DSA® electrodes are promising materials for many electro-organic applications and have been classified as "active" or "non-active" depending on the electrode material.8,9 "Active" electrodes mediate the oxidation of an organic species via the formation of higher oxides of the metal, (MOx+1), where there is a higher oxidation state available (e.g. RuO2 or IrO2). This leads to selective oxidation. "Non-active" electrodes present no available higher oxidation state and the organic species is directly oxidized by an adsorbed hydroxyl radical giving complete combustion (e.g. SnO2 or PbO2). In a recent paper we reported the study of the oxidation of formaldehyde at Ti/Ru0.3Ti0.7O2 electrodes in filter-press cell and considered both the active and non-active nature of the electrode material.10 The use of a filter-press cell enables the simulation of an industrial process on a laboratory scale, be it with a view to electro-synthesis or effluent treatment.
In this way, the comparative study of the electrochemical oxidation of formaldehyde, acetaldehyde, propionaldehyde and butyraldehyde in acidic medium at a Ti/Ru0.3Ti0.7O2 electrode is presented with the dual aim of simulating a prospective industrial treatment process and gaining understanding of the mechanistic processes involved.
A two-compartment filter-press cell was used with a Ti/Ru0.3Ti0.7O2 DSA® anode (nominal area, 14 cm2) and a stainless steel plate cathode (area 14 cm2) and mounted using Viton® and Teflon® spacers of varying thickness, as described elsewhere.11 Anodic and cathodic compartments were separated by an ion exchange membrane (IONAC AM 3470). The anolyte (0.5 mol dm-3 H2SO4 containing the aldehyde to be studied) and catholyte (0.5 mol dm-3 H2SO4) were pumped, from two separate electrolyte reservoirs, through the cell by a peristaltic pump at 100 rpm (32 cm3 min-1).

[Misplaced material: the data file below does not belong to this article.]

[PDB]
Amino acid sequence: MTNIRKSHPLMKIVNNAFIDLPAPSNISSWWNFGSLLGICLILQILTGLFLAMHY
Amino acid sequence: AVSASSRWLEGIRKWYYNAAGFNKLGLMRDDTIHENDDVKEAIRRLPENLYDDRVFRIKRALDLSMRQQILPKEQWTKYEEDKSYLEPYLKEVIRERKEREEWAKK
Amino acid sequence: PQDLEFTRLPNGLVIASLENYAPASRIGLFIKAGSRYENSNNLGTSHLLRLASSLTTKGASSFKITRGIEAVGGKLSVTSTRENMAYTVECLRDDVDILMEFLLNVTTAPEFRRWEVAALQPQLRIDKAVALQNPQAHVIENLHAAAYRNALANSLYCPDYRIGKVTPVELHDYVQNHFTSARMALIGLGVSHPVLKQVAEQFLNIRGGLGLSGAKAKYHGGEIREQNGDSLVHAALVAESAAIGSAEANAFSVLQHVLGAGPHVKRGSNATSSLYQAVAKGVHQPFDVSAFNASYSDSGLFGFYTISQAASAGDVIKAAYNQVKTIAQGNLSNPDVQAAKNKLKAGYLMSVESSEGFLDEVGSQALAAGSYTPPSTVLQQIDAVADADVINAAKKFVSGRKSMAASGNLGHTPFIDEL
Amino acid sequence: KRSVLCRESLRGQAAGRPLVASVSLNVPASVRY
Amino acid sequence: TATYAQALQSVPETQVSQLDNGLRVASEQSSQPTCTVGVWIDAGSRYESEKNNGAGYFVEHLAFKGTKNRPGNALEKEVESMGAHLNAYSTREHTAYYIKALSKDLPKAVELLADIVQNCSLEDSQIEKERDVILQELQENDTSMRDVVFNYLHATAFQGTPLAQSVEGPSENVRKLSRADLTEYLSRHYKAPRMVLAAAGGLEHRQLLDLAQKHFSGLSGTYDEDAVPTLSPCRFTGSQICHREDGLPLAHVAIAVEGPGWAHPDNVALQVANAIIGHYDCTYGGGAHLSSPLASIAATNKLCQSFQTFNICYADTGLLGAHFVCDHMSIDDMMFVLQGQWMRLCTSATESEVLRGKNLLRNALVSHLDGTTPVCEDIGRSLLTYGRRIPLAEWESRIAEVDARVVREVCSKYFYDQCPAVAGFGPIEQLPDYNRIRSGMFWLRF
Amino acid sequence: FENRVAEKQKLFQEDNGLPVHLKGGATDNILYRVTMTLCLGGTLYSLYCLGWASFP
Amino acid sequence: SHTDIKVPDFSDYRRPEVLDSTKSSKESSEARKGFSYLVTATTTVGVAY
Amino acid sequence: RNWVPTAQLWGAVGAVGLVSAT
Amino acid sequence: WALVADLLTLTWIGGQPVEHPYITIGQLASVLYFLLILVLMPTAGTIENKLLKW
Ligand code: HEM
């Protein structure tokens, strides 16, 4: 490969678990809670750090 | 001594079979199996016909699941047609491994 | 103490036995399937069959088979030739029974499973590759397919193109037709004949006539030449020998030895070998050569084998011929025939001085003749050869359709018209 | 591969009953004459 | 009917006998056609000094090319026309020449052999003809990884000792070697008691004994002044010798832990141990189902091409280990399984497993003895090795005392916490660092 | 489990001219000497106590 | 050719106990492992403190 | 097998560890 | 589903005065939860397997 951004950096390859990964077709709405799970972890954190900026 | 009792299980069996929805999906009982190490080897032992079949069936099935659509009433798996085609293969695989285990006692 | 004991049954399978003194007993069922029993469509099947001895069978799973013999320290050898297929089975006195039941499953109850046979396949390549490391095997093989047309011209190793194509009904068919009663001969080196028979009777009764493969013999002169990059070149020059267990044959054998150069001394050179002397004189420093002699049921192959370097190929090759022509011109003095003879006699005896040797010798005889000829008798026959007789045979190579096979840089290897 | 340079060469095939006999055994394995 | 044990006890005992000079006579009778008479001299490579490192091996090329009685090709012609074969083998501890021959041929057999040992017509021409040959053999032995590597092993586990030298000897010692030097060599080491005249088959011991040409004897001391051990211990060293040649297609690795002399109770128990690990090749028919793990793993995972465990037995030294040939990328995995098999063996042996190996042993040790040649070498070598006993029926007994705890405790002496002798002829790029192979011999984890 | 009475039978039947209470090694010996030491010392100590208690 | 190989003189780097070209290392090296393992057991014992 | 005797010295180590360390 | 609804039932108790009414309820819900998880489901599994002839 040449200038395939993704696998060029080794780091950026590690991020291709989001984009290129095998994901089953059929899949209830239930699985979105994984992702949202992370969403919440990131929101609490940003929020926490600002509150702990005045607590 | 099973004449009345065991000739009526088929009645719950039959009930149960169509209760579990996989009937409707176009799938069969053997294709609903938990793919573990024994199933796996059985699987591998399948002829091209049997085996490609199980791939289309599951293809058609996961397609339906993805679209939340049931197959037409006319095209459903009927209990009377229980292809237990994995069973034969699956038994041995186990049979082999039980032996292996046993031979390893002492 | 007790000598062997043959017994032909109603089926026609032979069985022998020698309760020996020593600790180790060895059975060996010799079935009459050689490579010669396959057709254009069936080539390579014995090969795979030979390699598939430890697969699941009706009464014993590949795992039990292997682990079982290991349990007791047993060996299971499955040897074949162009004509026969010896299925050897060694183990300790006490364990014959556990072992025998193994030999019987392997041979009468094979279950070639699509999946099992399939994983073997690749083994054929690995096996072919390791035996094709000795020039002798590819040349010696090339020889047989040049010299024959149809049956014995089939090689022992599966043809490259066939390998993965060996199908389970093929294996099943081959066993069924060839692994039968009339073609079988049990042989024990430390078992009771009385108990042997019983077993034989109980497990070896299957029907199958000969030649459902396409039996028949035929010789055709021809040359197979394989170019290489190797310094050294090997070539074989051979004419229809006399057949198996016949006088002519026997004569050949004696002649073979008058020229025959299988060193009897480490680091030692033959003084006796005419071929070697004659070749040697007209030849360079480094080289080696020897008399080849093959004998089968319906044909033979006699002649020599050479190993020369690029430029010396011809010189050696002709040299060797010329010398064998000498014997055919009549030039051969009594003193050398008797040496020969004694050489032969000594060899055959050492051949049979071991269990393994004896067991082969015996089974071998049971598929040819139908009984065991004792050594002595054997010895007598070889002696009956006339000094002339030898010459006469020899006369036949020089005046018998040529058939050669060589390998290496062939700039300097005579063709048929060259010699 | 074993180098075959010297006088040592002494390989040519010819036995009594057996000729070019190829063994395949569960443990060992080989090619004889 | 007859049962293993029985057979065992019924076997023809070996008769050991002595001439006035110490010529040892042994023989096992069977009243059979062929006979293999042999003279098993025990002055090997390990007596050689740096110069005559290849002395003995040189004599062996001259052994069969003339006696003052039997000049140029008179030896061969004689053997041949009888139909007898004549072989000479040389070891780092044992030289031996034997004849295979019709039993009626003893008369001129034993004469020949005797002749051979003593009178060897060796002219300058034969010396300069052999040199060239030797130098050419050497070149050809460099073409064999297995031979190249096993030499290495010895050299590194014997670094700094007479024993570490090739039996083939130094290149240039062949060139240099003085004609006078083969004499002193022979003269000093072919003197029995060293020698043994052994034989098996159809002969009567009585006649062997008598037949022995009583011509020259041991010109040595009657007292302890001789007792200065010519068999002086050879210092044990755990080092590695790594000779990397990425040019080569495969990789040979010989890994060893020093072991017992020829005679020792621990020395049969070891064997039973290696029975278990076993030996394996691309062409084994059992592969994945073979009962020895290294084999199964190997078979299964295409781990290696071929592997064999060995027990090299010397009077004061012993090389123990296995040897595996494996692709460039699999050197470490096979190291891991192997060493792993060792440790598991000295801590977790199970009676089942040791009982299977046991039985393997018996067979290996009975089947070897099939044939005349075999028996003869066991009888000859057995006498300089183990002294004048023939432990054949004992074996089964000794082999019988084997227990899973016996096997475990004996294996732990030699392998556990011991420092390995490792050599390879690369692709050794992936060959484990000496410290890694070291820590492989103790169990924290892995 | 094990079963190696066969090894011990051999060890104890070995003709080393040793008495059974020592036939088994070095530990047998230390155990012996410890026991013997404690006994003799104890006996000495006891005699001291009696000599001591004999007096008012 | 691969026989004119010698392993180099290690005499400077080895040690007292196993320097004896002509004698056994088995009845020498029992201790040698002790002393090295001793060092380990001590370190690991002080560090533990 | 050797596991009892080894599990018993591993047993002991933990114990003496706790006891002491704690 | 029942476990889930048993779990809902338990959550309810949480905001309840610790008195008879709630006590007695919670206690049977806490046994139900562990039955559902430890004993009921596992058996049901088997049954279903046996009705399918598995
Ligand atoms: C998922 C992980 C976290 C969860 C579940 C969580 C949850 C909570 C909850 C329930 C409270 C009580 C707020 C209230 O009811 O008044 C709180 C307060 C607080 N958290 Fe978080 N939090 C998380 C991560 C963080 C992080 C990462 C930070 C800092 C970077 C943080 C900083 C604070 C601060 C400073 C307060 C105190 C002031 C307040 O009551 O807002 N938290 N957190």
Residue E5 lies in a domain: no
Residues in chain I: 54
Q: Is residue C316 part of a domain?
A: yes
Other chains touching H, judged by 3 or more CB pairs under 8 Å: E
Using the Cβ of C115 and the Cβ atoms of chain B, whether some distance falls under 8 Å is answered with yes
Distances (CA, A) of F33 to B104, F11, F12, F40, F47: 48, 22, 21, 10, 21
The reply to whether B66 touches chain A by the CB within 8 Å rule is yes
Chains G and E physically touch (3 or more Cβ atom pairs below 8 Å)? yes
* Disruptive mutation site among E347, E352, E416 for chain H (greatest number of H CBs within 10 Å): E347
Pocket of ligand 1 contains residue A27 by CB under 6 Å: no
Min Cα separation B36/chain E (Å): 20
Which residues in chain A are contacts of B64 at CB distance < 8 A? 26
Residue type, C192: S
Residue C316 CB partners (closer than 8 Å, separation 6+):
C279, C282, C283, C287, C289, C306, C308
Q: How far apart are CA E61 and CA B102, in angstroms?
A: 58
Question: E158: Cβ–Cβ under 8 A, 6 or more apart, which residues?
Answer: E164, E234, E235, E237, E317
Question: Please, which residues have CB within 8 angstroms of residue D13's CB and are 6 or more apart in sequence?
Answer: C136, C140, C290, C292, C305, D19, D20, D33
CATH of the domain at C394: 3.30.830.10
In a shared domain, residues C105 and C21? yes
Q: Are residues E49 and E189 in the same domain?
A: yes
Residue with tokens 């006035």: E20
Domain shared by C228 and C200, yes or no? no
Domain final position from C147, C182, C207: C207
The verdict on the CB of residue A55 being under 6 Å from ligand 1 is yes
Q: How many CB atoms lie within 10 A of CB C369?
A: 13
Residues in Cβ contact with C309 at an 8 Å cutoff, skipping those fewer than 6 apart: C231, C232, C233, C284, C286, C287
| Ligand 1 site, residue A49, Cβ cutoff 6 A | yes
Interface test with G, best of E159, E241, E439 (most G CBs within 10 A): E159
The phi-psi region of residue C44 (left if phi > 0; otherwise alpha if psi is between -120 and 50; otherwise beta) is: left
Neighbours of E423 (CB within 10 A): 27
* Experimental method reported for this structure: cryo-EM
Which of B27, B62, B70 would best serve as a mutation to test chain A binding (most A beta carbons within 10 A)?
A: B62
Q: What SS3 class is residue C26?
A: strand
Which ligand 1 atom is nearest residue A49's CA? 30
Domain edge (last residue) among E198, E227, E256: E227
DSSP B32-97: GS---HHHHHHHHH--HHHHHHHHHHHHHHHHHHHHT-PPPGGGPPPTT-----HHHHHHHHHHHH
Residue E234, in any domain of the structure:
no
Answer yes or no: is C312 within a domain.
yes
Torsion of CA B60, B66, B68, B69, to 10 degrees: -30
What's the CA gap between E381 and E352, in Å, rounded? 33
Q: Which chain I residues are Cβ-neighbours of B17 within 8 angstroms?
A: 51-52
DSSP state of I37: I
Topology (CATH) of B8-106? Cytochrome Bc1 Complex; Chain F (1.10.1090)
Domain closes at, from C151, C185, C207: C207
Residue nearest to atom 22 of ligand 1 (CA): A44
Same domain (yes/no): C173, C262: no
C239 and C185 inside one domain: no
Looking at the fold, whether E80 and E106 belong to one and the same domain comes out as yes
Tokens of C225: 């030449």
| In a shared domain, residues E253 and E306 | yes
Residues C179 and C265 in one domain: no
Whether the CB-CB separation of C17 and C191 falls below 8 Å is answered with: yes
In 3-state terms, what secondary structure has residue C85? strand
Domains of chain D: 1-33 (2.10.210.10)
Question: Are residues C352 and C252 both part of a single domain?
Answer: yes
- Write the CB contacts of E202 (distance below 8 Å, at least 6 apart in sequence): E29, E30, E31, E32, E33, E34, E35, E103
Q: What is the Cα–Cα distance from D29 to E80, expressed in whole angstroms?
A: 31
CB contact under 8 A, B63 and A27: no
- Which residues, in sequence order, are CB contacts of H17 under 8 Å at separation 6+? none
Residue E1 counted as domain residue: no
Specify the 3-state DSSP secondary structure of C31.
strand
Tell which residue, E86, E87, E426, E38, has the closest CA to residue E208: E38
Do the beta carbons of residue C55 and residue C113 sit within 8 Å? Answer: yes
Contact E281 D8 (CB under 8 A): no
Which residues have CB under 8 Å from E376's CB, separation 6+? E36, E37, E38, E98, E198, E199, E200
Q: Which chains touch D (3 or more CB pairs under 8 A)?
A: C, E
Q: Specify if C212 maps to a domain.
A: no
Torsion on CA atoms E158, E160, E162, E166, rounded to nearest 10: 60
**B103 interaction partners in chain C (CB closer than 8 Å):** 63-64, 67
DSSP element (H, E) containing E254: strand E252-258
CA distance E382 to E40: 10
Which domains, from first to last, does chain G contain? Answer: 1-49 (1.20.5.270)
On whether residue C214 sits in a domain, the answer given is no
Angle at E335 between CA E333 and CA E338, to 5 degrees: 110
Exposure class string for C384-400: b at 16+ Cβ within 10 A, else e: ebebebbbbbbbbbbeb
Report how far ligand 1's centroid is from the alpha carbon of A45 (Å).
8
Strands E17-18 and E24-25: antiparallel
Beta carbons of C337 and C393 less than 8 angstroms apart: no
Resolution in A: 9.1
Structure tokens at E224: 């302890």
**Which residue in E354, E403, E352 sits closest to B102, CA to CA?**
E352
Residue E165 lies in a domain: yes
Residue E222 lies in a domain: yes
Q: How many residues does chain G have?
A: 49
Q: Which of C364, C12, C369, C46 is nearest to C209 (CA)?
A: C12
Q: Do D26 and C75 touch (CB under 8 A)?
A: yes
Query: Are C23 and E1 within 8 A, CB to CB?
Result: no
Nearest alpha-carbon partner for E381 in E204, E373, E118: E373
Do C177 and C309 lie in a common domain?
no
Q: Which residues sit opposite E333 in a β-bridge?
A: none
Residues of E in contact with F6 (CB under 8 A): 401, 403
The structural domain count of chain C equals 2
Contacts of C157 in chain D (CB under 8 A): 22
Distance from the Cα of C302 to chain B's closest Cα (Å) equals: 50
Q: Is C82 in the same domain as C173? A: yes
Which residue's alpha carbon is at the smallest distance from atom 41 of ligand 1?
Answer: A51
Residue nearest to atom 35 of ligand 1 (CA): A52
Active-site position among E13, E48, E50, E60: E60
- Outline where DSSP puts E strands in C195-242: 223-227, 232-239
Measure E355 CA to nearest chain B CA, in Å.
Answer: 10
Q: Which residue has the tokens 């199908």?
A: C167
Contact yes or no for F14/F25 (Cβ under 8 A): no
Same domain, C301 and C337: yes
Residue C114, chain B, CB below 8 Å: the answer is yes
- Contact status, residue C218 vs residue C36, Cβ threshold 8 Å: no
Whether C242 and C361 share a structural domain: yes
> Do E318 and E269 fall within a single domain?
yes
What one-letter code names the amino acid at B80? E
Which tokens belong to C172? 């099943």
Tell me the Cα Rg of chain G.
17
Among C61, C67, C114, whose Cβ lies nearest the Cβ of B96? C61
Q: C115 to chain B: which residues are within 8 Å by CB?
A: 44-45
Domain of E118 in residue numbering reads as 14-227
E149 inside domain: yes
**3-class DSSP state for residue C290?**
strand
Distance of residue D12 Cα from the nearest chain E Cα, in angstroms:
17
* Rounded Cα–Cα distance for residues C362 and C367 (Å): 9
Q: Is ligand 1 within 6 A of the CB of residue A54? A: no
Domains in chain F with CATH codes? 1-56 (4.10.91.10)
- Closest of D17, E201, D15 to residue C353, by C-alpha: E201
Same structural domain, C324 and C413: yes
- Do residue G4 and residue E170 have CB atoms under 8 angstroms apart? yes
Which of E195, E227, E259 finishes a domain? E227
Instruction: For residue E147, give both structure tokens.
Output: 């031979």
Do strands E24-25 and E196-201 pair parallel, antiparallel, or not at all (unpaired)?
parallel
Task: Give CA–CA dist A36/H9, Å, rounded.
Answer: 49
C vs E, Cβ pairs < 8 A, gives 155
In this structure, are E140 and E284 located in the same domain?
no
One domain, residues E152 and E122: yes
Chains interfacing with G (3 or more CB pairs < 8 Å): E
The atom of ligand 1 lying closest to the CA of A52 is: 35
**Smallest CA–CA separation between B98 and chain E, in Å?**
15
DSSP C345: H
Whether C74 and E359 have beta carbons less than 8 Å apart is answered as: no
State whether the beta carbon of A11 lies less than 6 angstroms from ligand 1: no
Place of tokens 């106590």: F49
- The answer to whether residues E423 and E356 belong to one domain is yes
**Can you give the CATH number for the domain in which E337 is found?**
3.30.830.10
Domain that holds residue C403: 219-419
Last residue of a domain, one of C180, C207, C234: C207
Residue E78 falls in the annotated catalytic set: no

Ti/Ru0.3Ti0.7O2 electrodes were prepared in the laboratory by the standard technique of thermal decomposition of precursor salts (RuCl3.nH2O and TiCl4) at 400 °C under a flux of oxygen (5 cm3 min-1), as described elsewhere.12 After each addition of chloride precursors the electrode was calcinated for ten min. When the desired mass was achieved the electrode was calcinated for a further hour.
Acetaldehyde (CH3CHO >99%) and propionaldehyde (CH3CH2CHO >98%) were obtained from Merck and used without further purification. The other reagents formaldehyde (H2CO 37% solution with 12.5% methanol), sulphuric acid (H2SO4 98%), barium hydroxide (Ba(OH)2.8H2O 98.9%), barium chloride (BaCl2.2H2O 99%), formic acid (HCOOH 94.8%), acetic acid (CH3COOH 100%) and propionic acid (CH3CH2COOH 100%) were obtained from Mallinckrodt and also used without further purification.
All electrolyses were carried out at a constant current density of 40 mA cm-2 under conditions of simultaneous oxygen evolution, as described elsewhere.10,11 The electrolyses were performed in 0.5 mol mol dm-3 H2SO4 using a stabilised current power source (Tectrol font TC 20-05). The gases liberated passed through two traps (250 cm3 each) containing Ba(OH)2. The reaction of CO2 with Ba(OH)2 leads to the formation of insoluble Ba(CO3). The consumption of Ba(OH)2 in this reaction results in a pH change in the solution. This pH change was used to calculate the amount of CO2 liberated.
Two concentrations, 0.10 and 0.01 mol dm-3 were studied for each aldehyde with the exception of n-butyraldehyde which is insoluble at a concentration of 0.10 mol dm-3. Because of this n-butyraldehyde was only studied at 0.01 mol dm-3.